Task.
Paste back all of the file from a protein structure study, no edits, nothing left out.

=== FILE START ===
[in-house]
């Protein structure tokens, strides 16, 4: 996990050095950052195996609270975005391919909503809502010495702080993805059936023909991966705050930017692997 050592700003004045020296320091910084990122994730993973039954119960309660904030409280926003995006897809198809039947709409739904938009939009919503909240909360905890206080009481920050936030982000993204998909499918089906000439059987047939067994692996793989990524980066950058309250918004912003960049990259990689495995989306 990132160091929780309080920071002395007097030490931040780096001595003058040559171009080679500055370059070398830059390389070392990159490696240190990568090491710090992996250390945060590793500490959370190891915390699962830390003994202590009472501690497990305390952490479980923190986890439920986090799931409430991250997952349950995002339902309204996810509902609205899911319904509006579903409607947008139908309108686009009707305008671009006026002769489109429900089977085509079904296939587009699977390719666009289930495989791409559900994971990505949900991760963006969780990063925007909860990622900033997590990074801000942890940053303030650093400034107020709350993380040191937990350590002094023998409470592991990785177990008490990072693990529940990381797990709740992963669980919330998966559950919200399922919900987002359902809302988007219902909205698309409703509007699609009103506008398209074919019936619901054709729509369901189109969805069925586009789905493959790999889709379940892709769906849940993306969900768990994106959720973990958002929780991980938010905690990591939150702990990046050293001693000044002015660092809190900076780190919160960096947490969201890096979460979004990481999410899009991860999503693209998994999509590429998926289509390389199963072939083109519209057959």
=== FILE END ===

[in-house]
């Protein structure tokens, strides 16, 4: 996990050095950052195996609270975005391919909503809502010495702080993805059936023909991966705050930017692997 050592700003004045020296320091910084990122994730993973039954119960309660904030409280926003995006897809198809039947709409739904938009939009919503909240909360905890206080009481920050936030982000993204998909499918089906000439059987047939067994692996793989990524980066950058309250918004912003960049990259990689495995989306 990132160091929780309080920071002395007097030490931040780096001595003058040559171009080679500055370059070398830059390389070392990159490696240190990568090491710090992996250390945060590793500490959370190891915390699962830390003994202590009472501690497990305390952490479980923190986890439920986090799931409430991250997952349950995002339902309204996810509902609205899911319904509006579903409607947008139908309108686009009707305008671009006026002769489109429900089977085509079904296939587009699977390719666009289930495989791409559900994971990505949900991760963006969780990063925007909860990622900033997590990074801000942890940053303030650093400034107020709350993380040191937990350590002094023998409470592991990785177990008490990072693990529940990381797990709740992963669980919330998966559950919200399922919900987002359902809302988007219902909205698309409703509007699609009103506008398209074919019936619901054709729509369901189109969805069925586009789905493959790999889709379940892709769906849940993306969900768990994106959720973990958002929780991980938010905690990591939150702990990046050293001693000044002015660092809190900076780190919160960096947490969201890096979460979004990481999410899009991860999503693209998994999509590429998926289509390389199963072939083109519209057959």